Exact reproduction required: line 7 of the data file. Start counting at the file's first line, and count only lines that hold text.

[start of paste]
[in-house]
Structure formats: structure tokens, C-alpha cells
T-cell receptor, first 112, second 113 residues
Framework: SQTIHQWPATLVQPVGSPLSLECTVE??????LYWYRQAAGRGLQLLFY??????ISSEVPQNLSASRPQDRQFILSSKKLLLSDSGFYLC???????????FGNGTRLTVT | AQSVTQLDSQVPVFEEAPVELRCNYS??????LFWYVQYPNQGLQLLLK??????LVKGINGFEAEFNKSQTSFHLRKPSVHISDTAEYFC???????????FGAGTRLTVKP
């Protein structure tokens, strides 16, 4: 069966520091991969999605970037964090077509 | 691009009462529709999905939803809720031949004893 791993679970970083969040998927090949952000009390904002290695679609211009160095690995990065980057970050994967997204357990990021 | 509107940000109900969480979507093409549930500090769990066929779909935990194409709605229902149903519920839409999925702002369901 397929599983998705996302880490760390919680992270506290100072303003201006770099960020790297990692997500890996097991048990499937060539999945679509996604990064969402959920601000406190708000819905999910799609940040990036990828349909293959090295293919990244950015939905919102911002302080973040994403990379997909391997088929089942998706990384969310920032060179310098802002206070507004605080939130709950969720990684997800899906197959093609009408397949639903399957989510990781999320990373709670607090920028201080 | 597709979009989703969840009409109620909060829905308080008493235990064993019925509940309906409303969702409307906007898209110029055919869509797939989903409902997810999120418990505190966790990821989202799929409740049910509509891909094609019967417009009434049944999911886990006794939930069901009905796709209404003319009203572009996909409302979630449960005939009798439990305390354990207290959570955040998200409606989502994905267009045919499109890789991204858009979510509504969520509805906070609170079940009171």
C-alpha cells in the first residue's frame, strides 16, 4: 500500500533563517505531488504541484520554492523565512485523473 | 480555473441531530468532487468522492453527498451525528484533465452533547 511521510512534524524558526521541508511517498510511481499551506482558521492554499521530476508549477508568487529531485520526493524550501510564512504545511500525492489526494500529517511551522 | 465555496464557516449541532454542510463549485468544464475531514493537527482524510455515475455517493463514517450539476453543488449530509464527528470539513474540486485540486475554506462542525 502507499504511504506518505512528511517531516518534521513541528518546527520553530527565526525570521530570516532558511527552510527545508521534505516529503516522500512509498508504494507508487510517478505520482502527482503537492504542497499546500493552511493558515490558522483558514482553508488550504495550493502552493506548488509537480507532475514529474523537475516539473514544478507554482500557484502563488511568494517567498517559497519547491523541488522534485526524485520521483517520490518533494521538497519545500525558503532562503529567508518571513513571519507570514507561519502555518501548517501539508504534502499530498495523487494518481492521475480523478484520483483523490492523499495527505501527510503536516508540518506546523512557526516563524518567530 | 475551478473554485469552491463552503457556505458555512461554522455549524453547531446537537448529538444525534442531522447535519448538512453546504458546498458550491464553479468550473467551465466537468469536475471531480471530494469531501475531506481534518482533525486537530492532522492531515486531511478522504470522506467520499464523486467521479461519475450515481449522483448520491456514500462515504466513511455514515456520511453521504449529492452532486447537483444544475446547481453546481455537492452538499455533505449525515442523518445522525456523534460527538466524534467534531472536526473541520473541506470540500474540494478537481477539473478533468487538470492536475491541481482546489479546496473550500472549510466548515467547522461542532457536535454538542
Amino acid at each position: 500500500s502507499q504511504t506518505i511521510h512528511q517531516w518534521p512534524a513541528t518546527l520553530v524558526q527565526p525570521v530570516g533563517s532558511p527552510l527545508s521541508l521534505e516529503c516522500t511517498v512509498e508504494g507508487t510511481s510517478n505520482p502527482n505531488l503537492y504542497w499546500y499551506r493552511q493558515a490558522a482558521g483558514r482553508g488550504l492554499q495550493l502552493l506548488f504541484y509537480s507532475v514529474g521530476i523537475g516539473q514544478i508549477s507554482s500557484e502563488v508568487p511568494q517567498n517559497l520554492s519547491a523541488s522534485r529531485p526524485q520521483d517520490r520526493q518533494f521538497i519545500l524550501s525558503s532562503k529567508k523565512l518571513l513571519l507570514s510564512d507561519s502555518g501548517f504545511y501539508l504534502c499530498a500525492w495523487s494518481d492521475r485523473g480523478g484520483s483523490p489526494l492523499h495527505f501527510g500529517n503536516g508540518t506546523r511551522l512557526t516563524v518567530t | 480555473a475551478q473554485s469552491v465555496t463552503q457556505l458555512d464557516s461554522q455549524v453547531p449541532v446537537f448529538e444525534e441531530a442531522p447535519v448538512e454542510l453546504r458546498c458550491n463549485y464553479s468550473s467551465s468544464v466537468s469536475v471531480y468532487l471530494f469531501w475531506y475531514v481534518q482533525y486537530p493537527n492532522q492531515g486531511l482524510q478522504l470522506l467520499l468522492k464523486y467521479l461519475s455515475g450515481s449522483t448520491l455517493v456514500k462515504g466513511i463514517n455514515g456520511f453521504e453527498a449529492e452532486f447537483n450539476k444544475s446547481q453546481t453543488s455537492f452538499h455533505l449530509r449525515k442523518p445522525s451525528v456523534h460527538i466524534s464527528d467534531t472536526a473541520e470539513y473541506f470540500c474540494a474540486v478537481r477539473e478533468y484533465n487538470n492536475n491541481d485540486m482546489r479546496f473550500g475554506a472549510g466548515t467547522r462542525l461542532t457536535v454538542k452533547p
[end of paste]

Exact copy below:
Amino acid at each position: 500500500s502507499q504511504t506518505i511521510h512528511q517531516w518534521p512534524a513541528t518546527l520553530v524558526q527565526p525570521v530570516g533563517s532558511p527552510l527545508s521541508l521534505e516529503c516522500t511517498v512509498e508504494g507508487t510511481s510517478n505520482p502527482n505531488l503537492y504542497w499546500y499551506r493552511q493558515a490558522a482558521g483558514r482553508g488550504l492554499q495550493l502552493l506548488f504541484y509537480s507532475v514529474g521530476i523537475g516539473q514544478i508549477s507554482s500557484e502563488v508568487p511568494q517567498n517559497l520554492s519547491a523541488s522534485r529531485p526524485q520521483d517520490r520526493q518533494f521538497i519545500l524550501s525558503s532562503k529567508k523565512l518571513l513571519l507570514s510564512d507561519s502555518g501548517f504545511y501539508l504534502c499530498a500525492w495523487s494518481d492521475r485523473g480523478g484520483s483523490p489526494l492523499h495527505f501527510g500529517n503536516g508540518t506546523r511551522l512557526t516563524v518567530t | 480555473a475551478q473554485s469552491v465555496t463552503q457556505l458555512d464557516s461554522q455549524v453547531p449541532v446537537f448529538e444525534e441531530a442531522p447535519v448538512e454542510l453546504r458546498c458550491n463549485y464553479s468550473s467551465s468544464v466537468s469536475v471531480y468532487l471530494f469531501w475531506y475531514v481534518q482533525y486537530p493537527n492532522q492531515g486531511l482524510q478522504l470522506l467520499l468522492k464523486y467521479l461519475s455515475g450515481s449522483t448520491l455517493v456514500k462515504g466513511i463514517n455514515g456520511f453521504e453527498a449529492e452532486f447537483n450539476k444544475s446547481q453546481t453543488s455537492f452538499h455533505l449530509r449525515k442523518p445522525s451525528v456523534h460527538i466524534s464527528d467534531t472536526a473541520e470539513y473541506f470540500c474540494a474540486v478537481r477539473e478533468y484533465n487538470n492536475n491541481d485540486m482546489r479546496f473550500g475554506a472549510g466548515t467547522r462542525l461542532t457536535v454538542k452533547p